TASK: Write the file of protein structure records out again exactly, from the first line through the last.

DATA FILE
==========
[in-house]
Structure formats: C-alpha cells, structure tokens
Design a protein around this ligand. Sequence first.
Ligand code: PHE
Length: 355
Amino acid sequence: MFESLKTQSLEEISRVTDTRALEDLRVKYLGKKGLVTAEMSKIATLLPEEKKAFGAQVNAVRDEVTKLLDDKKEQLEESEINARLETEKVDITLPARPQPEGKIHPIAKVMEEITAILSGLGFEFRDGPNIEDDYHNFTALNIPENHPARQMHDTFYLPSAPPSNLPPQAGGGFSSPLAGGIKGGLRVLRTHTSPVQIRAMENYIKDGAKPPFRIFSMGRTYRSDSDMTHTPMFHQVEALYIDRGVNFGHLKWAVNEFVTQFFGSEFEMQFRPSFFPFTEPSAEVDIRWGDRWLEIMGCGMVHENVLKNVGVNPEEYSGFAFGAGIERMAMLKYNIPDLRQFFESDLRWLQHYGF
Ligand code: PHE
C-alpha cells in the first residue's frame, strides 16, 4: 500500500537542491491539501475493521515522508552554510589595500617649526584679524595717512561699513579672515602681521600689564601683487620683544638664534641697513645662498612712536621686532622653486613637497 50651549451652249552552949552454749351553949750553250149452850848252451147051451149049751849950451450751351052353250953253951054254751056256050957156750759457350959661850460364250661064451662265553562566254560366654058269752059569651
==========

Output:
[in-house]
Structure formats: C-alpha cells, structure tokens
Design a protein around this ligand. Sequence first.
Ligand code: PHE
Length: 355
Amino acid sequence: MFESLKTQSLEEISRVTDTRALEDLRVKYLGKKGLVTAEMSKIATLLPEEKKAFGAQVNAVRDEVTKLLDDKKEQLEESEINARLETEKVDITLPARPQPEGKIHPIAKVMEEITAILSGLGFEFRDGPNIEDDYHNFTALNIPENHPARQMHDTFYLPSAPPSNLPPQAGGGFSSPLAGGIKGGLRVLRTHTSPVQIRAMENYIKDGAKPPFRIFSMGRTYRSDSDMTHTPMFHQVEALYIDRGVNFGHLKWAVNEFVTQFFGSEFEMQFRPSFFPFTEPSAEVDIRWGDRWLEIMGCGMVHENVLKNVGVNPEEYSGFAFGAGIERMAMLKYNIPDLRQFFESDLRWLQHYGF
Ligand code: PHE
C-alpha cells in the first residue's frame, strides 16, 4: 500500500537542491491539501475493521515522508552554510589595500617649526584679524595717512561699513579672515602681521600689564601683487620683544638664534641697513645662498612712536621686532622653486613637497 50651549451652249552552949552454749351553949750553250149452850848252451147051451149049751849950451450751351052353250953253951054254751056256050957156750759457350959661850460364250661064451662265553562566254560366654058269752059569651